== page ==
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AT&T Acquires Time Warner: What Does It Mean for The Big Bang Theory? Part 2

By Miranda Moore | Monday Monday Staff -    2016-10-30


The business still bears the scars of a deal described by one of the bankers involved as “like trying to mate a horse with a dog,” which left both sides lashing out and preventing each other from doing potentially beneficial deals with other providers.

Under chief executive Jeff Bewkes, Time Warner has since shed AOL, Cable, Warner Music and the publisher Time Inc., while its shares have more than tripled.

“We’ve spent a long time getting our company down to a nimble, focused, must-have group of capabilities that we think is very well suited to all these evolutions,” said Bewkes in an interview this summer, shortly before the AT&T talks began.

Time Warner Bids

If anything, the clean-up went too well with some analysts questioning this year whether a firm that was planning a $5 billion share buyback had run out of new ways to invest. The slimmed-down Time Warner became the target of takeover interest two years ago from Rupert Murdoch’s 20th Century Fox, which tabled an $80 billion bid, but bosses said the firm was worth more.

AT&T apparently agreed. Executives at the firm regularly talk to their compatriots at Time Warner, not unusual in an industry in flux. But the discussions rapidly evolved into the idea of a mega-takeover in August. “We have a very common view of the world,” said AT&T chief Randall Stephenson. “This thing just had what we called gravity.”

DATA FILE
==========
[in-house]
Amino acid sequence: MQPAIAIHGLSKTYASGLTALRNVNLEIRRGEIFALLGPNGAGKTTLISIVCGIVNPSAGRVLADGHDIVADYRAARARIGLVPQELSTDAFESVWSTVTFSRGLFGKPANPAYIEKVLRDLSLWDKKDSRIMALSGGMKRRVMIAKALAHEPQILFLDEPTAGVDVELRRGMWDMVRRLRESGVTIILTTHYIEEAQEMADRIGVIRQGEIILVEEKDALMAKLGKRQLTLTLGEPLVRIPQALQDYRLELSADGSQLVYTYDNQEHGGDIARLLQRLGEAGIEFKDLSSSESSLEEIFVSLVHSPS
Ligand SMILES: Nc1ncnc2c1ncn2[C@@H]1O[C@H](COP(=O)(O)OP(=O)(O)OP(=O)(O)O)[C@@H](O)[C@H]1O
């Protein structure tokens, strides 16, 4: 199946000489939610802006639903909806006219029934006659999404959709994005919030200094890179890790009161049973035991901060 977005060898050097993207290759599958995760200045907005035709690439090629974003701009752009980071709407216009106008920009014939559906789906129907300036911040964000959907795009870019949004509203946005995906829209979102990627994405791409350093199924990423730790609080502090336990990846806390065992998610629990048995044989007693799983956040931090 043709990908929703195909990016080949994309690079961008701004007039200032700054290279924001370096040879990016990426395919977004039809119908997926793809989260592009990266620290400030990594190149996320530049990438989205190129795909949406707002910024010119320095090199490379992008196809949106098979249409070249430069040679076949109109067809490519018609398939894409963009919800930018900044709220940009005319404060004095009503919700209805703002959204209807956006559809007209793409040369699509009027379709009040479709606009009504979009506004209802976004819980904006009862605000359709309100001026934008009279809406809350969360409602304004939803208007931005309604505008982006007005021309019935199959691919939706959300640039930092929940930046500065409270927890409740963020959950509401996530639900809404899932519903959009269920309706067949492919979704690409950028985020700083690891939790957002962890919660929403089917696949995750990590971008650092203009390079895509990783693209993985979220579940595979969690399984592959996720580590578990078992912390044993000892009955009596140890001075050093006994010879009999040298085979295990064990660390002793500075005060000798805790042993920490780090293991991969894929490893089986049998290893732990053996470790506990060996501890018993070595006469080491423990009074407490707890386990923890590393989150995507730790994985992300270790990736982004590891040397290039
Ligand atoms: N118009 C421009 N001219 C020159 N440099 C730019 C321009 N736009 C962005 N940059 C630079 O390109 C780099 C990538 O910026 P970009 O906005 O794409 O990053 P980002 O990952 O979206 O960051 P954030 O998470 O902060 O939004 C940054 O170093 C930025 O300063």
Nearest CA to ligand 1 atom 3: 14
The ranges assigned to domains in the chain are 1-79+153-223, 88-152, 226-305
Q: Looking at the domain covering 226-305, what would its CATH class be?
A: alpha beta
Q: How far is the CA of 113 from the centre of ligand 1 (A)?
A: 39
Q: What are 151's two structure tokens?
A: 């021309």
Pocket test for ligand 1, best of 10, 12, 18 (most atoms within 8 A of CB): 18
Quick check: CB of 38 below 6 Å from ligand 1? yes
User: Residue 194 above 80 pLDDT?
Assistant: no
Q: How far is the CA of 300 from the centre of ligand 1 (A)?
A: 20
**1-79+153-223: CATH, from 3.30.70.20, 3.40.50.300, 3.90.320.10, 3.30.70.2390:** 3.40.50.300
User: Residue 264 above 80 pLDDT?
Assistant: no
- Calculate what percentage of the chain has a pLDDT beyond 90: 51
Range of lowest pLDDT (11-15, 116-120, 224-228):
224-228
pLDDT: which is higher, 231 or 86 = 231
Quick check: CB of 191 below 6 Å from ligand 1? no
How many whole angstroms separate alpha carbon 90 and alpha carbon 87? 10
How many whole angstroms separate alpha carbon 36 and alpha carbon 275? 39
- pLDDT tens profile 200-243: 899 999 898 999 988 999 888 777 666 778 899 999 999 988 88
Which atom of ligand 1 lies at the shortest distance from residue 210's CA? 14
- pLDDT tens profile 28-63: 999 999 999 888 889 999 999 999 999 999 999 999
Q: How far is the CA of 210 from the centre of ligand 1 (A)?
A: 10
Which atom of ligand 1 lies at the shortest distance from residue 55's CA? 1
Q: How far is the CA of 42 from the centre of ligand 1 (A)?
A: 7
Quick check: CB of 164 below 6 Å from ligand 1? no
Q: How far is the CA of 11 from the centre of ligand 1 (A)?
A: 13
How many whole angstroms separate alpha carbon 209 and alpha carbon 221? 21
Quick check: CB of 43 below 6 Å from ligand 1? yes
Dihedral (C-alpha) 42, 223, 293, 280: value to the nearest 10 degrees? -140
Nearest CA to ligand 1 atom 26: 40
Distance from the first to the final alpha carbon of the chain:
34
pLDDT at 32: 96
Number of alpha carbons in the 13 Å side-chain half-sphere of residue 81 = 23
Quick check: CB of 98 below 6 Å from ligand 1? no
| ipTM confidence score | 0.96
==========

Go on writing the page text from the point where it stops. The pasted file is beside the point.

AT&T believes one of the benefits of buying Time Warner is that it brings in products that were relatively cheap to produce and can be made with relatively low regulatory interference – at least compared to building telecoms networks. Time Warner’s stake in the video streaming service, Hulu, which it acquired in August, will also give the group a way to tap into online viewers.


“There will always be big-screen TVs in our homes, but mobile video is what our customers are demanding. Only AT&T will have the world’s best premium content with the networks to deliver it to every screen,” said AT&T’s Stephenson. Yeah, sure.

Media mergers like this can be lengthy and confusing. Having a single business control what a customer sees, from the start of filming to the broadband connection delivering the stream, could make regulators (and citizens) particularly nervous.


Presidential candidate Donald Trump has already said he would block the merger if elected. The Federal Communications Commission and the U.S. Department of Justice could require other like-minded opinions before they give their approval.

That is some way off – the deal is also subject to the concerns of shareholders from both sides. Some of them still remember the last time Time Warner took part in a mega-deal.

“#dejavu” tweeted former AOL chief Steve Case after the deal was announced. He isn’t wrong. 

 Why Should The Big Bang Theory Fans Care?

The Big Bang Theory is a huge cash cow. So, as far as the show continuing, probably not an issue. But Time Warner is the company that produces the hit show, and it seems that by merging with AT&T they want to control more of what the consumer sees.

So, if you watch The Big Bang Theory online, you’ll probably be angry with all the mind-numbing ads prompting you to buy things. We already get it on television, so why not everything else?

I guess this is Time Warner’s way of licking the AOL wounds.


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